With cloaking techniques visitors and crawler are served different content, such as is the case in sneaky redirects (code swapping), where a page is optimised for a search engine and when top ranking is reached, swapped for another page. Cloaking can be part of an attempt to mislead search engines.

Simple forms of cloaking can be based on:

  • HTTP Referer (the URL of the page on which a user clicked a link)

  • User-Agent (information on a user’s system, in particular OS and browser used)

  • IP address of visitor

More complex forms can be based on behavioural analysis. Parameters in which crawlers differ heavily from a natural user behaviour:

  • The quantity, sorting of and latency between subsequent HTTP requests

  • The presence of a check for robots.txt file (some spiders do not)

Without the use of cloaking, the content fetched by a search engine crawler, the “crawler view”, and the user “direct view” will be identical, but a doorway page will have scripts to detect whether it is an actual user loading the content in a web browser, in which case the user will be redirected (based on the user’s action, such as mouse movement or rendering of the page in the web browser) to the final landing page containing the malicious content.

  • In so-called “mosaic cloaking” dynamic pages are constructed as tiles of content and only in parts of the pages JavaScript and CSS are changed, decreasing the contrast between the cloaked page and the “friendly” page while increasing the capability for targeted delivery of content to various spiders and human visitors.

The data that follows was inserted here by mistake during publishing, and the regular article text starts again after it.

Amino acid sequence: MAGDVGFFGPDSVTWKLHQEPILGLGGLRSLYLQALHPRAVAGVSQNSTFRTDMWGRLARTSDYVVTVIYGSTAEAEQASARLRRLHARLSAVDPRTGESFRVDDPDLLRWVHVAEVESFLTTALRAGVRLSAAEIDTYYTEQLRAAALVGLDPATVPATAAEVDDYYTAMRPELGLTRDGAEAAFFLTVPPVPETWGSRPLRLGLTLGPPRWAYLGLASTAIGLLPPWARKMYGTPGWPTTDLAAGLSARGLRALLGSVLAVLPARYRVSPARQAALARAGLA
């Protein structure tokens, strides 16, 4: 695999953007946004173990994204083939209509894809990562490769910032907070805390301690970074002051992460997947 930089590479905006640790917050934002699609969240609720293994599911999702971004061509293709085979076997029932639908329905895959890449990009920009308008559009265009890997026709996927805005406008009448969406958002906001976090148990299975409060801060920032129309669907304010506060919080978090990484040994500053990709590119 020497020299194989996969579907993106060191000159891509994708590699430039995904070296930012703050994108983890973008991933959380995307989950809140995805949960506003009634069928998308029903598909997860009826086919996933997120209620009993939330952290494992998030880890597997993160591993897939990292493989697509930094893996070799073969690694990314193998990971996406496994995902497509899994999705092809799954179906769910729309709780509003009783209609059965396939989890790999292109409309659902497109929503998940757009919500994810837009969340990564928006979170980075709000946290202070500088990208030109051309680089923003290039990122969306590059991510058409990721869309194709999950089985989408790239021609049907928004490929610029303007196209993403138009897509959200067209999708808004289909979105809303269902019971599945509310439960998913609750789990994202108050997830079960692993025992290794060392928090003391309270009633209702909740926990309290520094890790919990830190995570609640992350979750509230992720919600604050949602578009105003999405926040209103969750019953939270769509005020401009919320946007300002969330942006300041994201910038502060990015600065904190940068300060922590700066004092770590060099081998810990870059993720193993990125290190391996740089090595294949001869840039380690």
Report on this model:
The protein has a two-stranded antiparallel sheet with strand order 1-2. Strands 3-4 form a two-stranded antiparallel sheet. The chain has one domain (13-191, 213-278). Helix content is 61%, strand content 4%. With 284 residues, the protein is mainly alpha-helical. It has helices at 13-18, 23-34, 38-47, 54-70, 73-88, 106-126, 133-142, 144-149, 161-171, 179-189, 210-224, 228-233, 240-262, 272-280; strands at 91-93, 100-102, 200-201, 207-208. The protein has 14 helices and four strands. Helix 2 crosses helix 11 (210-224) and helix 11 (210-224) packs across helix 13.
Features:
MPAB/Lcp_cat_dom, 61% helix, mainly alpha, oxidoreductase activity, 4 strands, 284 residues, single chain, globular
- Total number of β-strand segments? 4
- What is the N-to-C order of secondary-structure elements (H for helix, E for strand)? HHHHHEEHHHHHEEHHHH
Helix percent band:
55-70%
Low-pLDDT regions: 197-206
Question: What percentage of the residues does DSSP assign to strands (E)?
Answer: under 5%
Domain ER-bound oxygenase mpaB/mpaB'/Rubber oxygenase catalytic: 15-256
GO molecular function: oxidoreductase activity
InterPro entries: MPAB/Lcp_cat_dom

• In “IP delivery” different content is served based upon the requester’s IP address, allowing for location based search results. Search engines and people can see the same pages. This technique is sometimes used by graphics-heavy sites that have little textual content for crawlers to analyse.

False positives

For the most part cloaking is used to deceive search engines, but cloaking can also be used for less nefarious purposes:

  • Providing human users with content that search engines can not parse, for example an easily digestible, text-only version of a page or to provide link-based access to a database normally only accessible via forms, but .

  • Increasing accessibility of a site to visitors with disabilities.

  • Delivering content based on location or previous online behaviour (comes with a serious privacy issue!).

Known mitigations

Cloaking is considered to be highly manipulative and heavily penalised by search engines, including the complete removal of sites from being indexed.

  • Cloaking can be discovered by crawling a website twice, once with a crawler the cloaker believes is from a search engine, and once with a crawler the cloaker believes is not a search engine and comparing results. This is perhaps not good enough, because pages can change between downloads for legitimate reasons.

  • Existing gold standard fraud datasets using rule-based heuristics assume fraudsters create objects in a short period of time, from the same IP address, or have a skewed rating distribution. Difficult to validate, and fraudsters keep learning and adapting too.

  • Fraud de-anonymization algorithms have been developed but would make us the petty tyrant we fight.

  • Better yet, maybe build a spam classifier that reliably detects a large fraction of the currently existing spam categories, and in combination with that perhaps unsupervised ML can be trained to label spam or not-spam for the future.